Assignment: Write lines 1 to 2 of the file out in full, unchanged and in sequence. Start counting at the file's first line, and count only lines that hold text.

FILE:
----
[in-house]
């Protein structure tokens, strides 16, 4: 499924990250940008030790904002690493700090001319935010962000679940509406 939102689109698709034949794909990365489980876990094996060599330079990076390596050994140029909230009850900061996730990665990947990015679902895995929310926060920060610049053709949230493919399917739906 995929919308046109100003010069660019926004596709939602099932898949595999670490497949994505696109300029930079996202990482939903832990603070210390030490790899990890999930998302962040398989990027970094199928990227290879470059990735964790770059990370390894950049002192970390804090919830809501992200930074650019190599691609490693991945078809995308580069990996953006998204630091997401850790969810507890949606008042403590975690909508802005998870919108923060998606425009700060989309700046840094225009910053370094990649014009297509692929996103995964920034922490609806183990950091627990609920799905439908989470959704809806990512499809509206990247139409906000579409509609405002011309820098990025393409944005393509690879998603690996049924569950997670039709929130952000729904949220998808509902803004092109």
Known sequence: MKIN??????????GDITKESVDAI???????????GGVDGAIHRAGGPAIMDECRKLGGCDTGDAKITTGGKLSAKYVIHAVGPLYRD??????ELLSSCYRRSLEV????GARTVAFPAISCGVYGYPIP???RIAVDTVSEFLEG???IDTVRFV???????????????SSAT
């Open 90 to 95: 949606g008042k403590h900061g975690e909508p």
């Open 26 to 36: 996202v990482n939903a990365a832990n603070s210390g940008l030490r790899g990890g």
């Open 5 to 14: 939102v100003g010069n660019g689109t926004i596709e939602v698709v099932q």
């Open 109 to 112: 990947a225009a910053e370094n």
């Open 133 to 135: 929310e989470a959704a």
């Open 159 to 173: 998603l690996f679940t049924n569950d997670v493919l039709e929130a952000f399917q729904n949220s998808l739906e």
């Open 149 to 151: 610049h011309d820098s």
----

[in-house]
């Protein structure tokens, strides 16, 4: 499924990250940008030790904002690493700090001319935010962000679940509406 939102689109698709034949794909990365489980876990094996060599330079990076390596050994140029909230009850900061996730990665990947990015679902895995929310926060920060610049053709949230493919399917739906 995929919308046109100003010069660019926004596709939602099932898949595999670490497949994505696109300029930079996202990482939903832990603070210390030490790899990890999930998302962040398989990027970094199928990227290879470059990735964790770059990370390894950049002192970390804090919830809501992200930074650019190599691609490693991945078809995308580069990996953006998204630091997401850790969810507890949606008042403590975690909508802005998870919108923060998606425009700060989309700046840094225009910053370094990649014009297509692929996103995964920034922490609806183990950091627990609920799905439908989470959704809806990512499809509206990247139409906000579409509609405002011309820098990025393409944005393509690879998603690996049924569950997670039709929130952000729904949220998808509902803004092109």